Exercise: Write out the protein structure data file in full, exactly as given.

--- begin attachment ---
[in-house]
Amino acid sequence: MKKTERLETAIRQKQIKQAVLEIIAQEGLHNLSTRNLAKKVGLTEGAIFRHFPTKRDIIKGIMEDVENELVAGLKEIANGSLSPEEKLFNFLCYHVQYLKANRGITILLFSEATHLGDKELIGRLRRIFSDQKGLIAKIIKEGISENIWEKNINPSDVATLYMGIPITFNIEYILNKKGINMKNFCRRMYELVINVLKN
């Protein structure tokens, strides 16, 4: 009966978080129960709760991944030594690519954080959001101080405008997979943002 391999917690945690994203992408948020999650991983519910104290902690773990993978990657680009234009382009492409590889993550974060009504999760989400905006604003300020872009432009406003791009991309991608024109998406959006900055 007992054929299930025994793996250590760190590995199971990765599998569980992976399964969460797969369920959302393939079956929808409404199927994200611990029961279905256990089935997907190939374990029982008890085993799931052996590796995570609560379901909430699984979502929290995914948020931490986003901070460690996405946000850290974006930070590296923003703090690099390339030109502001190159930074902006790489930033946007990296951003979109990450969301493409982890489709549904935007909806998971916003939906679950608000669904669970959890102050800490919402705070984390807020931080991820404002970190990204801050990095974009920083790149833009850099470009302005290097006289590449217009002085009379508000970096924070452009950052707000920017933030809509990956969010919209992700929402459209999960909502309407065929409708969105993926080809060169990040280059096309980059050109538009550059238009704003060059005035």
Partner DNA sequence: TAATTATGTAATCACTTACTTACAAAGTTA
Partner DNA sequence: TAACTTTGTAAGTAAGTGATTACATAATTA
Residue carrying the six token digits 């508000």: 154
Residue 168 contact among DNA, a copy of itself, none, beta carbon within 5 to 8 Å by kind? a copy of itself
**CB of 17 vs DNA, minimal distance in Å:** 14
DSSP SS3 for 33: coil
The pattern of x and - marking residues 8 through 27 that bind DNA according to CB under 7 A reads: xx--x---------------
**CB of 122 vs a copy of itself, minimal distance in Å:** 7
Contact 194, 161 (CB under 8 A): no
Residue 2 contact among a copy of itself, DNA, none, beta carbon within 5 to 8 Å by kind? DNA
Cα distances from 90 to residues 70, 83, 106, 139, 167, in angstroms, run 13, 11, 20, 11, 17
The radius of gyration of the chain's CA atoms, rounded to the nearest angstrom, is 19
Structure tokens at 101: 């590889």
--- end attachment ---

[in-house]
Amino acid sequence: MKKTERLETAIRQKQIKQAVLEIIAQEGLHNLSTRNLAKKVGLTEGAIFRHFPTKRDIIKGIMEDVENELVAGLKEIANGSLSPEEKLFNFLCYHVQYLKANRGITILLFSEATHLGDKELIGRLRRIFSDQKGLIAKIIKEGISENIWEKNINPSDVATLYMGIPITFNIEYILNKKGINMKNFCRRMYELVINVLKN
């Protein structure tokens, strides 16, 4: 009966978080129960709760991944030594690519954080959001101080405008997979943002 391999917690945690994203992408948020999650991983519910104290902690773990993978990657680009234009382009492409590889993550974060009504999760989400905006604003300020872009432009406003791009991309991608024109998406959006900055 007992054929299930025994793996250590760190590995199971990765599998569980992976399964969460797969369920959302393939079956929808409404199927994200611990029961279905256990089935997907190939374990029982008890085993799931052996590796995570609560379901909430699984979502929290995914948020931490986003901070460690996405946000850290974006930070590296923003703090690099390339030109502001190159930074902006790489930033946007990296951003979109990450969301493409982890489709549904935007909806998971916003939906679950608000669904669970959890102050800490919402705070984390807020931080991820404002970190990204801050990095974009920083790149833009850099470009302005290097006289590449217009002085009379508000970096924070452009950052707000920017933030809509990956969010919209992700929402459209999960909502309407065929409708969105993926080809060169990040280059096309980059050109538009550059238009704003060059005035």
Partner DNA sequence: TAATTATGTAATCACTTACTTACAAAGTTA
Partner DNA sequence: TAACTTTGTAAGTAAGTGATTACATAATTA
Residue carrying the six token digits 């508000």: 154
Residue 168 contact among DNA, a copy of itself, none, beta carbon within 5 to 8 Å by kind? a copy of itself
**CB of 17 vs DNA, minimal distance in Å:** 14
DSSP SS3 for 33: coil
The pattern of x and - marking residues 8 through 27 that bind DNA according to CB under 7 A reads: xx--x---------------
**CB of 122 vs a copy of itself, minimal distance in Å:** 7
Contact 194, 161 (CB under 8 A): no
Residue 2 contact among a copy of itself, DNA, none, beta carbon within 5 to 8 Å by kind? DNA
Cα distances from 90 to residues 70, 83, 106, 139, 167, in angstroms, run 13, 11, 20, 11, 17
The radius of gyration of the chain's CA atoms, rounded to the nearest angstrom, is 19
Structure tokens at 101: 């590889």